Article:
7. Paul – that’s always been my issue with the FM series too. Eventually, the granularity of it gets me down. But I have found a way to play it that seems to work. One match per session, with all the menu-based fluff leading up to it, messing around with Training and Transfers etc. Two matches if I feel ‘into’ it on any particular occasion. Immediately after my 1 match, I save and quit. An FM session lasts about 30 mins at most. In this way you get through the weeks and months of the season. (I played FM2010 for four seasons this way.)

    Pre-season is the biggest grind. Getting to know your players, arranging transfers, contracts etc.

    JS Hutt – as I discuss above, there is a way to play the FM genre that doesn’t take up so much time. I find it very restful. And having never achieved anything of note in the whole series, I have a score to settle.

  8. Wow, that’s obviously a very tough start, I didn’t think they’d hit you with the real life dog mess that has been Coventry over the last few years. I don’t think tinkering ever helps, I’ve always felt that any formation in fm needs games to find familiarity – teamwork, spirit, etc counting more than whether you play wing backs rather than full backs. Early years it always seemed more about finding and signing the wonder kids – the likes of serge makofo and Fabio paim scoring silly numbers regardless of the system. Now I think it is a bit more nuanced but being saddled with high earners and little budget is a tough deal. Newcastle 2013-4 is similar, you have to virtually give players like coloccini away just to get the weekly spend down.

  9. Uncle Turf – re. tinkering in FM, the bloke who does the YouTube series I linked to above always plays 4-4-2 (or 4-4-fucking-2) with every team he manages. They’re all non-league. Thing is if it goes bad in-match, he will change formation. But never beforehand: 4-4-2 always the start.

    That series is very good, by the by. It’s very close to being a Football Manager Chronicles. He’s an older fellow than the most common sitting-in-the-corner-of-the-screen YouTube types. Most episodes features two or three matches with him commenting over them. I’m quite addicted. FM2018 looks very good in the vids, and the match engine really is as subtle and ‘footbally’ as FM’s diehards claim it to be. E.g. a highlight can show when a player has high Pace and Technique but poor Composure and Awareness (Darren Huckerby in other words).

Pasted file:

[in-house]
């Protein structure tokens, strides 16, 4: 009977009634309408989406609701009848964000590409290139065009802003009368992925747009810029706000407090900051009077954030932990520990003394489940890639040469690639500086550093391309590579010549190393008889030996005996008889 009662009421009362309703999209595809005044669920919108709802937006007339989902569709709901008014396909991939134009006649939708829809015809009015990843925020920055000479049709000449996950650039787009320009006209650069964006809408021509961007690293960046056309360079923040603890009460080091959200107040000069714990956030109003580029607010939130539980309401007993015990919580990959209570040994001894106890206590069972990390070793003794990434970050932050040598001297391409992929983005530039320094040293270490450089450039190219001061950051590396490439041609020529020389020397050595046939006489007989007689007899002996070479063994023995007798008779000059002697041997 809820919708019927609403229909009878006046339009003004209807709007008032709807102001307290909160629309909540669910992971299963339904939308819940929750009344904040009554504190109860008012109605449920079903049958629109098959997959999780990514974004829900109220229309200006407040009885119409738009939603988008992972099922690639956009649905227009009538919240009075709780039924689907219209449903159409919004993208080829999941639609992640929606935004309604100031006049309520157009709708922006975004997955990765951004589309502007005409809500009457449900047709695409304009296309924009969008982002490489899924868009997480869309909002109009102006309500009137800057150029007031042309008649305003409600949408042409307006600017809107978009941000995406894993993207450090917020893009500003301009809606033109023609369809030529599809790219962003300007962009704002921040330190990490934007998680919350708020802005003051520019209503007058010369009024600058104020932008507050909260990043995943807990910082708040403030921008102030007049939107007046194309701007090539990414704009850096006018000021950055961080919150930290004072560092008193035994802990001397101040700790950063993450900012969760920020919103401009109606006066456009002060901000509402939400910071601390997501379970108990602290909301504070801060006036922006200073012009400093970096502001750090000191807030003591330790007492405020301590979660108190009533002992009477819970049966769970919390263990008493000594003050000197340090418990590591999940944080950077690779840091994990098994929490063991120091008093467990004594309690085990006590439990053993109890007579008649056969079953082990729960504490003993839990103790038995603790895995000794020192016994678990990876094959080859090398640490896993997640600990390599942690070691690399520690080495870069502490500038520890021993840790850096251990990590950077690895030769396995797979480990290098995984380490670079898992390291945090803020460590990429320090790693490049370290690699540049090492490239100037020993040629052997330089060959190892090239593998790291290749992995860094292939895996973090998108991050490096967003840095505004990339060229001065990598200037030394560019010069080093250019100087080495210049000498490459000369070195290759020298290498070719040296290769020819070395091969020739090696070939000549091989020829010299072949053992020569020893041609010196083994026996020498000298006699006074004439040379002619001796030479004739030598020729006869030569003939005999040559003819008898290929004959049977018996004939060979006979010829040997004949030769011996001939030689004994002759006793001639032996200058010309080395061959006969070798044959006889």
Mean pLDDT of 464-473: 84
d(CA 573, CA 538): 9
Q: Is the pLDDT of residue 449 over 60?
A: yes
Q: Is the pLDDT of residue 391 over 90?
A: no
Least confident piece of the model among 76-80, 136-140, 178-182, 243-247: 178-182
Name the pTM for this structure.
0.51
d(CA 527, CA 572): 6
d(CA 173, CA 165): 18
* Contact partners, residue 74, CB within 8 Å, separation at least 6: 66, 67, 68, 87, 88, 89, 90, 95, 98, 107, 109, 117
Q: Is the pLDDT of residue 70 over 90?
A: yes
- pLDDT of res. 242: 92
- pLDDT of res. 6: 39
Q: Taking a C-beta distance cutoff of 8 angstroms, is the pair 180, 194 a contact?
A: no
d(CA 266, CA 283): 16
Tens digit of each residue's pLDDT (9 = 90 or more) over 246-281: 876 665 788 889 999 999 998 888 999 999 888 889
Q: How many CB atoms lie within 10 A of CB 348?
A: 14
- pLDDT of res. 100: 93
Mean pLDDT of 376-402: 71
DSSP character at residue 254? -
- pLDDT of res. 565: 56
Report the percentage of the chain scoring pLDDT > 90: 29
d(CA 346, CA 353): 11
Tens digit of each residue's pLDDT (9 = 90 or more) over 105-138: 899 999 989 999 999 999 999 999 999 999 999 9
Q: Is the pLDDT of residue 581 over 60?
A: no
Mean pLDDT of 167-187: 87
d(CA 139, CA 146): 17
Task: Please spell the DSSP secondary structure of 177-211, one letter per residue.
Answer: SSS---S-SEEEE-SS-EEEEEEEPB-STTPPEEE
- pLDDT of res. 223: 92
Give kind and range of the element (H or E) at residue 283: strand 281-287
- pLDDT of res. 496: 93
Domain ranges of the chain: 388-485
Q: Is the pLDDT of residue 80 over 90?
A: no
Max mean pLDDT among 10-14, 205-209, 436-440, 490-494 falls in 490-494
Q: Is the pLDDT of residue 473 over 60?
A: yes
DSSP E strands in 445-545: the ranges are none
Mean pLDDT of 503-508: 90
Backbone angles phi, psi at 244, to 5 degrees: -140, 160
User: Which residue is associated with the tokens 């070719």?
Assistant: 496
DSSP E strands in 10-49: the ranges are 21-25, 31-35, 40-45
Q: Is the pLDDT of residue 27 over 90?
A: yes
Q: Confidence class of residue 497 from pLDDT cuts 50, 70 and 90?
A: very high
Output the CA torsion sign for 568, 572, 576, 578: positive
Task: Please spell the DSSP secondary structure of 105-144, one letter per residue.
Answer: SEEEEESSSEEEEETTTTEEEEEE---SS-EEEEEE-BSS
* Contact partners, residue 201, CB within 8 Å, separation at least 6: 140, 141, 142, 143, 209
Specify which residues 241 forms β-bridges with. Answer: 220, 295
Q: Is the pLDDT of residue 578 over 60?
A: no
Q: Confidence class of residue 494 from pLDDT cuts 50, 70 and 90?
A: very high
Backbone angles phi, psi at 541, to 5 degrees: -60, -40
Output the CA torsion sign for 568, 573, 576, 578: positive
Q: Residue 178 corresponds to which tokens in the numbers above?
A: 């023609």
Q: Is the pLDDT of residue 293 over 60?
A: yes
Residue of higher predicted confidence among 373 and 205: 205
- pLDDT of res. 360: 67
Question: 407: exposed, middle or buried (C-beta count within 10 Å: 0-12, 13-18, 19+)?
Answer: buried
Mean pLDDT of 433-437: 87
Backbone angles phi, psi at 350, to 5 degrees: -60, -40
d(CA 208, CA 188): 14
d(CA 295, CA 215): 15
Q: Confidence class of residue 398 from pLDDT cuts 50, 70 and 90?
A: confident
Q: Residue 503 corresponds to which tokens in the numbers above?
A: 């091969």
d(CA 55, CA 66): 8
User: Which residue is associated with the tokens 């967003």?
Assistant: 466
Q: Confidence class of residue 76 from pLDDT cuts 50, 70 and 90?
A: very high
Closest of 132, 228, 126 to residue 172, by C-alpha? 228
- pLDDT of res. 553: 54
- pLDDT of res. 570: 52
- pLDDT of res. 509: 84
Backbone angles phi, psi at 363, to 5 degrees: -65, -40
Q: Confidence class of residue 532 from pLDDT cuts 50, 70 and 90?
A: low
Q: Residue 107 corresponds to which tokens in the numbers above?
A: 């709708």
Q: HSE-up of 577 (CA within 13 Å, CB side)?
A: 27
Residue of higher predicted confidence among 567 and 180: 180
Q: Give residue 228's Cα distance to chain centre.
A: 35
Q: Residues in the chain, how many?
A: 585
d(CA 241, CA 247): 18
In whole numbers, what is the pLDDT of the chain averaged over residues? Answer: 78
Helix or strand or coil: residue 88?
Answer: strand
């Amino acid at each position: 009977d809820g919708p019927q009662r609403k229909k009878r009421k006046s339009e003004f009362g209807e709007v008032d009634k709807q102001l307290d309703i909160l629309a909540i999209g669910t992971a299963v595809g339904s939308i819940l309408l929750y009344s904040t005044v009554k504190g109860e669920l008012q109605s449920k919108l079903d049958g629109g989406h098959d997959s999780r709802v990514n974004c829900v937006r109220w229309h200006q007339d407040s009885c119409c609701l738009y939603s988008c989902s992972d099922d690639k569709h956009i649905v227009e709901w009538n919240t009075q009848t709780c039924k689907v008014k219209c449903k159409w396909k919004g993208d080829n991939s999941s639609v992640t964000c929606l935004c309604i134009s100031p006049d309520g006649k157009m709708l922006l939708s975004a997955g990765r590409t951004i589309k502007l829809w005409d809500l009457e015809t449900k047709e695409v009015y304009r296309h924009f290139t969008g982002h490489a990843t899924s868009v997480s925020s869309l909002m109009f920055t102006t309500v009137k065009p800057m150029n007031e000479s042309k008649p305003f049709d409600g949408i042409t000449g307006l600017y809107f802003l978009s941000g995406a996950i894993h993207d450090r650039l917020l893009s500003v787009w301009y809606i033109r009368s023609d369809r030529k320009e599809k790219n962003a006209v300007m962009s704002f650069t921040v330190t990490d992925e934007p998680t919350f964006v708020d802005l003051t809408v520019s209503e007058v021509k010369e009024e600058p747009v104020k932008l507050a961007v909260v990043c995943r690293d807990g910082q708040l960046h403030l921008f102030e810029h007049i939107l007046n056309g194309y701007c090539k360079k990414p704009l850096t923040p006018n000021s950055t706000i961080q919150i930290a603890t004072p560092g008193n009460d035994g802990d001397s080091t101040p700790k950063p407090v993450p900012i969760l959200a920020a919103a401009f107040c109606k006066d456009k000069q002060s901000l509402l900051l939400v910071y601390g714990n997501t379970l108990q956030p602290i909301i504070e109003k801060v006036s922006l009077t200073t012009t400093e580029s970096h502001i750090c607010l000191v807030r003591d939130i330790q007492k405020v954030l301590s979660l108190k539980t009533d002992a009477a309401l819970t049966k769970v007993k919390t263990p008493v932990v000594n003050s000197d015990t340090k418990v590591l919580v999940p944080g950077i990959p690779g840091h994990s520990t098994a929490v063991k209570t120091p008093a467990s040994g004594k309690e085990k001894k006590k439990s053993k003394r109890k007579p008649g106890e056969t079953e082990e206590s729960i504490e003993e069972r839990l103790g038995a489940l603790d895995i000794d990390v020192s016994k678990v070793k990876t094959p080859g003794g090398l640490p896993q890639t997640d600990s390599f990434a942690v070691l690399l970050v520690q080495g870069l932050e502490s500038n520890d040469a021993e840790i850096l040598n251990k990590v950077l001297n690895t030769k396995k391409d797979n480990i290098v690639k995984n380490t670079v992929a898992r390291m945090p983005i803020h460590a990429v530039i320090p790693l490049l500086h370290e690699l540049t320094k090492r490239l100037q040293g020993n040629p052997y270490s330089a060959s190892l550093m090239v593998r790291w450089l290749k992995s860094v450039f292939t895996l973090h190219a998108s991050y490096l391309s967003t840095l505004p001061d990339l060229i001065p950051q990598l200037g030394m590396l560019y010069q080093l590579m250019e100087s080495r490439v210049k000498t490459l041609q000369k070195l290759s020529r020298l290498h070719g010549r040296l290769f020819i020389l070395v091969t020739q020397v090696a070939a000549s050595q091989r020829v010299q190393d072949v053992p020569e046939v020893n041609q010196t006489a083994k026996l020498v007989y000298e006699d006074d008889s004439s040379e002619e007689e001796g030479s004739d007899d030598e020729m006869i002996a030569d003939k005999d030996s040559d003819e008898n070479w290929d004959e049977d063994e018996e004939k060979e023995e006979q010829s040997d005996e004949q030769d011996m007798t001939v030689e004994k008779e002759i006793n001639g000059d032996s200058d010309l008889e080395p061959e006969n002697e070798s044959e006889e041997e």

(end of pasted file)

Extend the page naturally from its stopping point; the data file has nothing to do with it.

10. NG – not sure if that sound project I posted had this link up then but

    I’d imagine it’s hour after hour of weeping and anguish.

  11. Uncle Turf – many thanks, very eager to listen to them… Just listening now

  12. Turf – you don’t half get some shite on the Internet these days.

  13. I take it you have soaked up the recently released PES 19 MyClub trailers and info bits NG ?

  14. Paul – no, it’s been a busy working weekend for me, and even though I’ve now buckled and pre-ordered PES2019, I currently feel curiously detached from it all. I think mainly because I’m still fascinated by how much the Irregulars are occupying my attention. Just had a look at EvoWeb and there’s nothing there – ? Feel free to post the links.

  15. MyClub Trailer:

    PES 19 Demo Trailer (8th August):

  16. Paul – I’d seen the demo trailer (utterly generic and didn’t think it worth noting, or even remembering) – the myClub trailer is new to me though. Very encouraging considering what I want to do with it. On the one hand it looks like myClub has been given the old ‘move the menus around, change the font and colours, and call it a revamp’ treatment. But there is a massive innovation in there: Special Trainer, able to teach players new positions and skills. A huge ML-like feature, that.

  17. NG – the demo trailer was a very nice looking well put together video, but yeah, it just shows us carefully selected game play then gives a demo date, nothing they couldn’t have done with a press release.

    The MyClub video I thought would interest you most specifically for that exact thing – the training of player skills and positions, reminded me of PES 11, invest 36 weeks in training Villalba to be able to perform long range drives etc.
    And we know that player leveling is in too, so that PES19 pre-order should turn out a worthy purchase.

  18. Paul – my appetite is very whetted for PES2019 now. It definitely is the case that I’m getting PES2019 for myClub. I’ll be able to do with The Irregulars idea what I want to do: start from Day 1 and see where it ends up over the course of a whole PES-year. Master League is so far in second place as a reason for getting PES2019, that it barely even registers. I bet I end up playing as much or more ML than myClub though…